When the kids are toddlers, it’s fun to bake cookies together and eat them as a project that requires a team. When the children are older than four years, you can introduce them to a game I created called Detective where we go round, and each person gets a turn to ask a curious/inquiring question of someone else. For instance, Johnny can choose to ask sister what is her favorite color, toy, dessert, or friend. It is a game that facilitates getting to know the other person. It can be a bonding process. You can also talk with your family about the What if’s.

For example, what if you get hurt at school? Would you ask the nurse to call you brother out of class to help you while waiting for Mom to come? In other words, help stimulate your children’s thinking of their siblings as partners/helpers/alliances.

Sibling Rivalry Solutions – Supervising the Play Time

 
You should always supervise them, if your children are under the age of 4 years, even when playing in the playroom and you are in the kitchen cooking. Toddlers, or children under four years old years, are not yet expected to have mastered taking turns, sharing, delayed gratification, frustration tolerance, and full use of language skills to self-advocate. Conflicts may erupt at any moment. A warm, nurturing adult must constantly be available not to take sides, blame, or judge, but rather to mediate and help each child wait and listen without interrupting.

Once your kids are above age 4 or 5 years-old, depending on each child’s maturity level, you can leave them to play together while you are in another room in the house available to help settle disputes as they arise. We need to consider power differentials as well. If you have a two-year-old toddler and a six-year-old you need to evaluate whether they are ready for solo playing without your supervision. If your six-year-old has trouble with impulse control and could lash out and strike the three-year-old in anger, you cannot take that risk by leaving them to play unsupervised. The two-year-old is defenseless in this power differential.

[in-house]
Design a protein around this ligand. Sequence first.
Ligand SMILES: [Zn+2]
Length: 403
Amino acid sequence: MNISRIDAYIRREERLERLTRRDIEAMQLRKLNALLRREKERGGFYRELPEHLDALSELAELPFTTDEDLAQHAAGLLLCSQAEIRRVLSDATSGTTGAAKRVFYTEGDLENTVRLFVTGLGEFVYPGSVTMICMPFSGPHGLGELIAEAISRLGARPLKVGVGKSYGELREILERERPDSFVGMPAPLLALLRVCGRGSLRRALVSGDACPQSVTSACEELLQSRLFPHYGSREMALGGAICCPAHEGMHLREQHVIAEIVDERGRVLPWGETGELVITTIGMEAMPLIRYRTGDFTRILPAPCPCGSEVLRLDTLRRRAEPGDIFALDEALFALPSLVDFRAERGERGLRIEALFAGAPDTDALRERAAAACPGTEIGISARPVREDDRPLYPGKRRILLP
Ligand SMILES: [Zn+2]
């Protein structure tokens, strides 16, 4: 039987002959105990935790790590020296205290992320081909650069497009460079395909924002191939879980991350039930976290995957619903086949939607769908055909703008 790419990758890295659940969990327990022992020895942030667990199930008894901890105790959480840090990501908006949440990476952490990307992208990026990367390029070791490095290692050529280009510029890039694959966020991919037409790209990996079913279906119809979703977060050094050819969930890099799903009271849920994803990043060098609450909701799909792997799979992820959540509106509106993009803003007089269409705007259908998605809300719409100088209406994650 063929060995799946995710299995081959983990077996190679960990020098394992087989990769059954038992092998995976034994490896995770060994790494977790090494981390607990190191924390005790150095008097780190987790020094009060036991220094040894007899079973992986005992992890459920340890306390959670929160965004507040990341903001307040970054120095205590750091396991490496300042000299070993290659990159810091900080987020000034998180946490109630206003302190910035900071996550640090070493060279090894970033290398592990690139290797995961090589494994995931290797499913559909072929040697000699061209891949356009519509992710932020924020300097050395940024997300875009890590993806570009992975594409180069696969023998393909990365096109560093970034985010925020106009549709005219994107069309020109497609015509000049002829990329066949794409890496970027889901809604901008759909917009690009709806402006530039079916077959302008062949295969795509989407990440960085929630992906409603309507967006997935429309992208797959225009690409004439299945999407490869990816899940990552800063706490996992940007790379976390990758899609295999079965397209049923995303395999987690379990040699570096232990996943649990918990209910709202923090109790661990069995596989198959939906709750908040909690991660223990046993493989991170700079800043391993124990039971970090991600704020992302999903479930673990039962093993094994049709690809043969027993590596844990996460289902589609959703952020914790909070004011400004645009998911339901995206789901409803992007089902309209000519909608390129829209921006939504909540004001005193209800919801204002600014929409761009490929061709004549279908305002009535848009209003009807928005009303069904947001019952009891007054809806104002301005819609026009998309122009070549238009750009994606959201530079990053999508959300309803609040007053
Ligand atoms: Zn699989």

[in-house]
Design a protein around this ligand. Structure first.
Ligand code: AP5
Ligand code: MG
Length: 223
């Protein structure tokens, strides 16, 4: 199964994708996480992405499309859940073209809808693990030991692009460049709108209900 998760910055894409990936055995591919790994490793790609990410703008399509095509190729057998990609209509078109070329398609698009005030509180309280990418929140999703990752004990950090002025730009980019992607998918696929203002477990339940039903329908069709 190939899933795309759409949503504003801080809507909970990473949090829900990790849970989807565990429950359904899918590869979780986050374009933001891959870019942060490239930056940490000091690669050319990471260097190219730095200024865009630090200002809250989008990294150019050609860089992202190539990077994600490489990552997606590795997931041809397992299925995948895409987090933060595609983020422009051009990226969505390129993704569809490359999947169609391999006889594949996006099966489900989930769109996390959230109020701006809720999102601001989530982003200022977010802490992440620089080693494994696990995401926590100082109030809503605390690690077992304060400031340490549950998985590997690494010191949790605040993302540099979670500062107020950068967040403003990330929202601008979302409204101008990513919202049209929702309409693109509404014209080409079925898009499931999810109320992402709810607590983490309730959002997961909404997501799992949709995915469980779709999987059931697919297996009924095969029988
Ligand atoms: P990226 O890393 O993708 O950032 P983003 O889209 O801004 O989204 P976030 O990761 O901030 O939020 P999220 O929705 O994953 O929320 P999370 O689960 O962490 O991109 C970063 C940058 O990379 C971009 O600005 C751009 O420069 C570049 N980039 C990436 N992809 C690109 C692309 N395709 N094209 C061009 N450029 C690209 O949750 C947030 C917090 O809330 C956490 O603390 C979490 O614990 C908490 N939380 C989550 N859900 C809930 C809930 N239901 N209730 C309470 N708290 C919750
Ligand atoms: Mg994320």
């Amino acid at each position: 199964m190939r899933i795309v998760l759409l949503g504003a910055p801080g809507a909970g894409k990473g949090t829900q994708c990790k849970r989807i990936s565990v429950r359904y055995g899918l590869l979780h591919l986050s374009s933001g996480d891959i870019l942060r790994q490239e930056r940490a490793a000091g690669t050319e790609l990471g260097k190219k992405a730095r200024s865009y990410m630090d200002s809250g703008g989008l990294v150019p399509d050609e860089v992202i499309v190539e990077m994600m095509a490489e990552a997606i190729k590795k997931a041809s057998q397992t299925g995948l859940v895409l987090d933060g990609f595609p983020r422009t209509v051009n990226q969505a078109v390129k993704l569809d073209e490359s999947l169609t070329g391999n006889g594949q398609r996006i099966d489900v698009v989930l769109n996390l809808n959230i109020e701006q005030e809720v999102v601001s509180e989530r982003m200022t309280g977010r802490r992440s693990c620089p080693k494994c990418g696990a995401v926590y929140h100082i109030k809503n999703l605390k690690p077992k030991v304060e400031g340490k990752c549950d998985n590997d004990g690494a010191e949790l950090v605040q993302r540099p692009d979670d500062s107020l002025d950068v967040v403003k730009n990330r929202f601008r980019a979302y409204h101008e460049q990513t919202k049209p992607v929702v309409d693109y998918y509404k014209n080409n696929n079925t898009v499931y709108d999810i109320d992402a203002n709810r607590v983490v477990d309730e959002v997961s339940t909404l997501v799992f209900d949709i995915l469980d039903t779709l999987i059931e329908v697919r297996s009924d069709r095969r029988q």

Sibling Rivalry Solutions – One-on-One Special Time !

 
It helps minimize jealousy when Mommy designates and delivers one-on-one Special Time with each child solo. It can be for only 10-15 minutes each day. To maximize the benefits make sure you do Special Time each day at the same time. It should be an activity that is our pleasure for both Mommy and child. Each child must learn to tolerate and bear the discomfort of Mommy doing Special Time with brother.

Sibling Rivalry Solutions – Give Ample Attention to Each Child !

 
One dangerous pitfall that a some parents fall into is assigning the primary parental duties to a particular parent for each child. For instance, on some occasions I have seen Mom overwhelmed when her second child arrives, so she hands over the full and essential parenting of her firstborn to Daddy. That older sibling not only metaphorically loses his mother, but in fact, actually does lose her to the younger sibling. The older one now has a real reason to hate the younger child and the mother, too. Be sure to give ample attention to each child. They both need a mother and a father.

Related Articles

 
Family Bonding Activities.
Developing Emotional Intelligence in Children.
Childhood Stress – Symptoms and Management.

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Sibling Rivalry Solutions - Smart Parenting
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Sibling rivalry solutions for parents to create an environment of collaboration and teamwork instead of competition among siblings.